Certain economies including Israel and Japan, permit full access to documentary evidence both before and during the trial. Cyprus, France and the United Kingdom allow shareholders to request the appointment of a government inspector with full powers to verify and obtain copies of any corporate document. El Salvador, Singapore and South Africa require that all company documents related to the case be open for inspection during the trial. Cambodia, Libya and República Bolivariana de Venezuela permit limited or no access to evidence during the trial, making it virtually impossible for minority investors to prove their case.
Shareholder governance in listed companies
Economies with the strongest protections of minority investors for listed companies also grant extensive rights to shareholders and increase shareholders’ role in major corporate decisions. They also provide governance safeguards protecting shareholders from undue board control and entrenchment. In addition, they require corporate transparency on ownership stakes, compensation, audit and financial prospects. The following sections measure whether such rights in corporate governance are available in publicly listed companies.
Increasing shareholder rights and role in major corporate decisions
Rights of shareholders of listed companies are better protected in economies where the powers between shareholders and management are effectively allocated. Major corporate decisions should require shareholder’s approval to prevent dissipation and/or mismanagement of assets. Other rights, such as preemption rights, must be guaranteed for shareholders in order to foster an environment of financial reliability and ownership stability.
Economies including Indonesia and Montenegro require shareholder approval for the sale of 51% of a company’s assets, whereas Switzerland and Uruguay demand shareholder approval every time a company issues shares up to the authorized capital. Bahrain and Ireland grant shareholders automatic preemption rights every time a company issues new shares. Whenever there are changes to the voting rights of a class of shares, economies including Argentina and the 17 member states of the Organization for the Harmonization of Business Law in Africa, known by its French acronym OHADA,6 require the approval of the holders of the affected shares.
Clarifying ownership and control structures
A clear ownership structure and separation of functions in listed companies reduce the risk of agency problems. Ethiopia, Latvia and Pakistan prohibit the CEO from also being chair of the board of directors. Belarus, Dominica and Serbia require boards of directors to include independent and non-executive members. In Algeria, Guyana and Lebanon directors on the board can be removed without cause by shareholders before the end of their term. Boards of directors in listed companies in Armenia, Bangladesh, Turkey and República Bolivariana de Venezuela must include separate audit committees composed solely of board members. In Kazakhstan, Mongolia and Zimbabwe a potential buyer must make a tender offer to all shareholders upon acquiring 50% of the company.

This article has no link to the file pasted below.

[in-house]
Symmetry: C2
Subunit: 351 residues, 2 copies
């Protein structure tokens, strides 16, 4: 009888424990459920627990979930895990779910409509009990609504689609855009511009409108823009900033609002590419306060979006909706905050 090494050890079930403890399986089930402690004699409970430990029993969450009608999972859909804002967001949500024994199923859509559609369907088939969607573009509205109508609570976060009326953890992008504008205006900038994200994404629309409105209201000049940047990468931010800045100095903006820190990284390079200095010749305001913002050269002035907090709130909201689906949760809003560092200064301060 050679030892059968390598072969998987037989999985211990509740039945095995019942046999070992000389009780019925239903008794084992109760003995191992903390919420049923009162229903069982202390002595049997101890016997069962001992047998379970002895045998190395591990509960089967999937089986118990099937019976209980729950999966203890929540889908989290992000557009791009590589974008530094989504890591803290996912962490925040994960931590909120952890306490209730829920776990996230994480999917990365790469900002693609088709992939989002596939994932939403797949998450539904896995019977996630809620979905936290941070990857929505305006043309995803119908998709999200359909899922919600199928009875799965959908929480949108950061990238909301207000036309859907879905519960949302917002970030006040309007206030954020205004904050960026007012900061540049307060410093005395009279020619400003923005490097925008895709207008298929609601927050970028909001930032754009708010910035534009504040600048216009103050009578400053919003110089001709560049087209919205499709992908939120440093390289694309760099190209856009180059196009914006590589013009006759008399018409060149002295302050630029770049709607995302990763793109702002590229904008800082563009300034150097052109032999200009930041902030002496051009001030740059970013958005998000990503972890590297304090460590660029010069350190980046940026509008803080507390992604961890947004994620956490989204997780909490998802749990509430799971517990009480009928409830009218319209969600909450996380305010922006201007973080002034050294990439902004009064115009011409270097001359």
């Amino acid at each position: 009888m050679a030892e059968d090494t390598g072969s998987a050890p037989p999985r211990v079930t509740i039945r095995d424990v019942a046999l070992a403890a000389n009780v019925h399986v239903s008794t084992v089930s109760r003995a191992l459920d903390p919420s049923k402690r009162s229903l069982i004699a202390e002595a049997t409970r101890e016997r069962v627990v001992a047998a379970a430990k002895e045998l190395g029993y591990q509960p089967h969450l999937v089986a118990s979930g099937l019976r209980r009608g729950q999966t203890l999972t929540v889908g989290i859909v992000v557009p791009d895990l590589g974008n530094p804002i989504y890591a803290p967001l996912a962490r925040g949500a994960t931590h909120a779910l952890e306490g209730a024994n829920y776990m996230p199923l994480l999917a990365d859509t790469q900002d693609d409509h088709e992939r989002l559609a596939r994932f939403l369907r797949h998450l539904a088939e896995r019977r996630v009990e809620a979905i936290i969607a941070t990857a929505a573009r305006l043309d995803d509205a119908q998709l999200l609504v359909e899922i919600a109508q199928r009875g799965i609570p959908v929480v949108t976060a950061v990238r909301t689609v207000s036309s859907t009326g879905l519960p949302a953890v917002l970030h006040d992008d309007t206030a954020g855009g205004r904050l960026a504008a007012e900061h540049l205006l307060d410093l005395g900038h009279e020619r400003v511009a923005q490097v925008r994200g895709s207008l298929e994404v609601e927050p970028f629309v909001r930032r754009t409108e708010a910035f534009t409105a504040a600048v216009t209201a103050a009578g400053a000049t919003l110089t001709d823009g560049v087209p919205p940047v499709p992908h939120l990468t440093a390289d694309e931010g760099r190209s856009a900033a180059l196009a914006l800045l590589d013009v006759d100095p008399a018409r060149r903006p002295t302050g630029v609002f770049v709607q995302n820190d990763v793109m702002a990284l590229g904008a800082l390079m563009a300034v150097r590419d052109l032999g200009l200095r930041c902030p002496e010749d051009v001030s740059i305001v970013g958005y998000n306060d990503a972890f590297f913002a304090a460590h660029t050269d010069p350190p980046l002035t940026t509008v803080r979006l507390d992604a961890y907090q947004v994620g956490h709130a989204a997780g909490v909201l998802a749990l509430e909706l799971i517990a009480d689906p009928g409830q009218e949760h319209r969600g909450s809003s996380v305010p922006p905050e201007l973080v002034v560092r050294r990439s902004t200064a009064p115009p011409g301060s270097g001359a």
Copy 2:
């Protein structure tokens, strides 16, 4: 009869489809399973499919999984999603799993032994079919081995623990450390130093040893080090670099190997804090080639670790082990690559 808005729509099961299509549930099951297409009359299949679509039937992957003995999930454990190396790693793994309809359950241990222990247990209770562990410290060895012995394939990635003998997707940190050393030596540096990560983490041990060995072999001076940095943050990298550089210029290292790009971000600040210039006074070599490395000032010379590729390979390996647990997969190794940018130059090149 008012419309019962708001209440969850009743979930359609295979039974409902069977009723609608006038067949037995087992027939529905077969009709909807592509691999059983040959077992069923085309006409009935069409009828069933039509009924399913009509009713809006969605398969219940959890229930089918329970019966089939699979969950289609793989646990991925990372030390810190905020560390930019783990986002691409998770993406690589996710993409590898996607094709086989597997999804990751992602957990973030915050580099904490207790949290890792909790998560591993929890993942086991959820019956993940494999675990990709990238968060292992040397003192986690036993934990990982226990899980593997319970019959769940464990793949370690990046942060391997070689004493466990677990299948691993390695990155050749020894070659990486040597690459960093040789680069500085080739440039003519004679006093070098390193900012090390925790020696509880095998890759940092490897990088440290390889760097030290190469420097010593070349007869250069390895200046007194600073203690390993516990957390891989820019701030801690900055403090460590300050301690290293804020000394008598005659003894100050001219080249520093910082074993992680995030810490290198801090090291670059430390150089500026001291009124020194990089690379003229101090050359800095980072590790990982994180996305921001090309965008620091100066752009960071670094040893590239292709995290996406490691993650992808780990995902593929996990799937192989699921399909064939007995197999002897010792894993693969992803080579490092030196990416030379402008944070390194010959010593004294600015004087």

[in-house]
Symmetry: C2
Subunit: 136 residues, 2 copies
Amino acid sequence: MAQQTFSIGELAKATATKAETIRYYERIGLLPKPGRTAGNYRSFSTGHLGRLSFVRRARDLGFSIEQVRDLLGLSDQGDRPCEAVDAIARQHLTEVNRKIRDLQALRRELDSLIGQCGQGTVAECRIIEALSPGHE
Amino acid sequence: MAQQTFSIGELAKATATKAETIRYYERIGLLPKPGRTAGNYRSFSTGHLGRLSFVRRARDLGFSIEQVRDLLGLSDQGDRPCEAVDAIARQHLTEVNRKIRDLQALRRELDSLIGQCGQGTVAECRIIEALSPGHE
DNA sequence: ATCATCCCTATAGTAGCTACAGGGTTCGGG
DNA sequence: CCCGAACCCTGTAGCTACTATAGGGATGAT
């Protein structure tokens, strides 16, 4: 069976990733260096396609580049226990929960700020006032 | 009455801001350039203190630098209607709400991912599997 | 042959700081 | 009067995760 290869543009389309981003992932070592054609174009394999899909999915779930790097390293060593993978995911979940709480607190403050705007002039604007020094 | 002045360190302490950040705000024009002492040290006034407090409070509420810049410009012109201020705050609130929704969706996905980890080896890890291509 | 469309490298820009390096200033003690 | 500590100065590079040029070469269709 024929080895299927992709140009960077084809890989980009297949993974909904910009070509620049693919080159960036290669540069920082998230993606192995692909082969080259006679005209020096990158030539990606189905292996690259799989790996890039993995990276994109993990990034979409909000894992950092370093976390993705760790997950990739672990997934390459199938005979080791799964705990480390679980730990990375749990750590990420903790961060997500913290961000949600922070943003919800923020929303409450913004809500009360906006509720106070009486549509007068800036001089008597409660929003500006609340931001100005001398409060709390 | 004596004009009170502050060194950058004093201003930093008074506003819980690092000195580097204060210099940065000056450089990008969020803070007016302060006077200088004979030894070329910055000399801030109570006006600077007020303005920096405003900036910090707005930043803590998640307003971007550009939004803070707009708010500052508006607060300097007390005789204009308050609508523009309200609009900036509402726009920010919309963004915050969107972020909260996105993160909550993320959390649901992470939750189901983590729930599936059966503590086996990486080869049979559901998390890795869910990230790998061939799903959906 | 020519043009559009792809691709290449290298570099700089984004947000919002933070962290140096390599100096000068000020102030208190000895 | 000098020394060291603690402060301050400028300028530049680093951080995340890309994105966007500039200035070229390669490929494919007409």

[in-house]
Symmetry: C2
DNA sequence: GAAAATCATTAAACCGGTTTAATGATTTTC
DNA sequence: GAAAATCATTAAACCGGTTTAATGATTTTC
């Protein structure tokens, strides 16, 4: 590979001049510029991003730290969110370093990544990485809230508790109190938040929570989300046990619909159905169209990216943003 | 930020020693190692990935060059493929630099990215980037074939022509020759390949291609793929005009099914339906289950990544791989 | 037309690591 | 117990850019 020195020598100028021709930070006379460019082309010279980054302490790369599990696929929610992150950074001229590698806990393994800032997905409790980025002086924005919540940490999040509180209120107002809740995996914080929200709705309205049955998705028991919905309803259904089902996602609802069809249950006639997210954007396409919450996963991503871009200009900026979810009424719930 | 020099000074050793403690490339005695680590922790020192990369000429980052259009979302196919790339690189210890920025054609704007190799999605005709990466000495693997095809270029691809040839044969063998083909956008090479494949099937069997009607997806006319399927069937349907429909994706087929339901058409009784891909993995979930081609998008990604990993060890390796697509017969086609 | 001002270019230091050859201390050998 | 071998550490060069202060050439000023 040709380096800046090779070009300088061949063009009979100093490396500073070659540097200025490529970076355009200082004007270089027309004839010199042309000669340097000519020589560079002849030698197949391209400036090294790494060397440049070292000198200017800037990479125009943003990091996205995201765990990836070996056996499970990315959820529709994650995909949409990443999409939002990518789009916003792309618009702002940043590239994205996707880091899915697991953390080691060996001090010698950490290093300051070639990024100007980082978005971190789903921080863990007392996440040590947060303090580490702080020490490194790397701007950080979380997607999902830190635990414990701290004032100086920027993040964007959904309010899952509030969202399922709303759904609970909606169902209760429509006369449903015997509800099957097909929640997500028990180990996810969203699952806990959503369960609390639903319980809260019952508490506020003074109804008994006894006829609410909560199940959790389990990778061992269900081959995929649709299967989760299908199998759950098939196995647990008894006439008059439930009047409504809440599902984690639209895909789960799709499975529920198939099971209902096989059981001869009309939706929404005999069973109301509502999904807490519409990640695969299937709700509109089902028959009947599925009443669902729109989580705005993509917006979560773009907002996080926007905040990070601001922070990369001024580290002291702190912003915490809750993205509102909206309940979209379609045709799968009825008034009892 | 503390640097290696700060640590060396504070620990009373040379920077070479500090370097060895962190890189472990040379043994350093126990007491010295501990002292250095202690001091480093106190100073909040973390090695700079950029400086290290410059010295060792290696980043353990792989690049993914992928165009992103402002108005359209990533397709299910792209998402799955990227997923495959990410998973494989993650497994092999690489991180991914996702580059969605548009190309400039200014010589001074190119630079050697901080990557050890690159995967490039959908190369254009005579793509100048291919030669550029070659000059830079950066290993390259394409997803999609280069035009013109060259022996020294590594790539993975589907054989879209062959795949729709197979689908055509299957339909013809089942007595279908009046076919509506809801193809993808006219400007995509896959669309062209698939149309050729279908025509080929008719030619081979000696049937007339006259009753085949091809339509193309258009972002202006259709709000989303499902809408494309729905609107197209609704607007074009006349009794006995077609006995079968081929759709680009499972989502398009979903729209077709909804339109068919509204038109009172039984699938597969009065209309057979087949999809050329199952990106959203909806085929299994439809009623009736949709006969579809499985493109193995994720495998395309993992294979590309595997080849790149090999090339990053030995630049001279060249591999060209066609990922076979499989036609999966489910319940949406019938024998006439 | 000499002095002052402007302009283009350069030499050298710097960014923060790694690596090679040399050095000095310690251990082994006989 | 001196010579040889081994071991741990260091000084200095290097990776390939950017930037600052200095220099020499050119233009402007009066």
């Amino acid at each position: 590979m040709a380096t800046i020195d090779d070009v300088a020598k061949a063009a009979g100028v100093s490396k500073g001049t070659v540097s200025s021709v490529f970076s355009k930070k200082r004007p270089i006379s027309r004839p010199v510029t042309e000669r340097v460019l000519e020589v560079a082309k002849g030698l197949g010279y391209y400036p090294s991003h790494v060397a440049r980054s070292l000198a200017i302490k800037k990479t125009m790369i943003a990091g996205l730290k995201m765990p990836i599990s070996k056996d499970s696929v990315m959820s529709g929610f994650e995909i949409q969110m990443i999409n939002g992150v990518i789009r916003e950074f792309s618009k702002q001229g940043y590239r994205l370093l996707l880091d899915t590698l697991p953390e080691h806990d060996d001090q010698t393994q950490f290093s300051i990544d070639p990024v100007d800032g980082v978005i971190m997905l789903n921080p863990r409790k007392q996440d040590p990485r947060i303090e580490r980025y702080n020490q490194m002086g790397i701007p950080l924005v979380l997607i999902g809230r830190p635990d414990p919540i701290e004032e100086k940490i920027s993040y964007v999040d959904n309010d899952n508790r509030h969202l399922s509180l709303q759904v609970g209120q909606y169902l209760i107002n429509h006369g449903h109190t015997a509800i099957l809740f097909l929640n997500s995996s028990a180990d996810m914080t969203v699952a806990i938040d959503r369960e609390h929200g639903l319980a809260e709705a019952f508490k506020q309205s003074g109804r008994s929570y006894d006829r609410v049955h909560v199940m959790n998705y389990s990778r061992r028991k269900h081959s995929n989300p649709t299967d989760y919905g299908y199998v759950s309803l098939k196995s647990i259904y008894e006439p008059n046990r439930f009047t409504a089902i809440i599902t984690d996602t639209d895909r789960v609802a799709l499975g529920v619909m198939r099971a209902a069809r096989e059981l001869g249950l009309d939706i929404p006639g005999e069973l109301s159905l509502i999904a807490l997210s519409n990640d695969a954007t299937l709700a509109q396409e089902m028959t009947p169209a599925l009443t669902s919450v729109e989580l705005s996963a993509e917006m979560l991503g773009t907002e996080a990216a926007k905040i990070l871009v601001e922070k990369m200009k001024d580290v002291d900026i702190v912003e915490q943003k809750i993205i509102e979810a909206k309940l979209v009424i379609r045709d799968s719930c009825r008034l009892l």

Requiring greater corporate transparency
Studies show that minority shareholders' rights are better protected in economies promoting transparency through the disclosure of corporate information. Information asymmetry can result in fraud, financial crisis, adverse selection and moral hazard. Investors are entitled to receive accurate, effective and sufficient information which can lead to financial stability, reduction of fraud and manipulation and better company governance in general.
Australia, Belgium and Brazil require companies to disclose direct and indirect beneficial ownership stakes representing 5%. Companies in Brunei Darussalam and the Russian Federation must disclose information about board members’ other directorships as well as basic information on their primary employment. In Italy and Kuwait, companies must also disclose the compensation of individual managers. Germany, Oman and Sri Lanka require listed companies to have their annual financial statements audited by an external auditor and mandate the disclosure of the audit reports.
1 OECD (Organisation for Economic Co-operation and Development). 2004. OECD Principles of Corporate Governance. Paris: OECD.
2 Kohlbeck, Mark, and Brian Mayhew. 2010. “Valuation of Firms That Disclose Related-Party Transactions.” Journal of Accounting and Public Policy 29 (2): 115–37.
3 Fernandes, Nuno, Ugur Lel and Darius P. Miller. 2010. “Escape from New York: The Market Impact of Loosening Disclosure Requirements.” Journal of Financial Economics 95 (2): 129–47.
4 Information provided by the Securities and Exchange Commission of Thailand.
5 Information provided by Securities Commission Malaysia.
6 The 17 members of OHADA are Benin, Burkina Faso, Cameroon, the Central African Republic, Chad, the Comoros, the Democratic Republic of Congo, the Republic of Congo, Côte d’Ivoire, Equatorial Guinea, Gabon, Guinea, Guinea-Bissau, Mali, Niger, Senegal and Togo.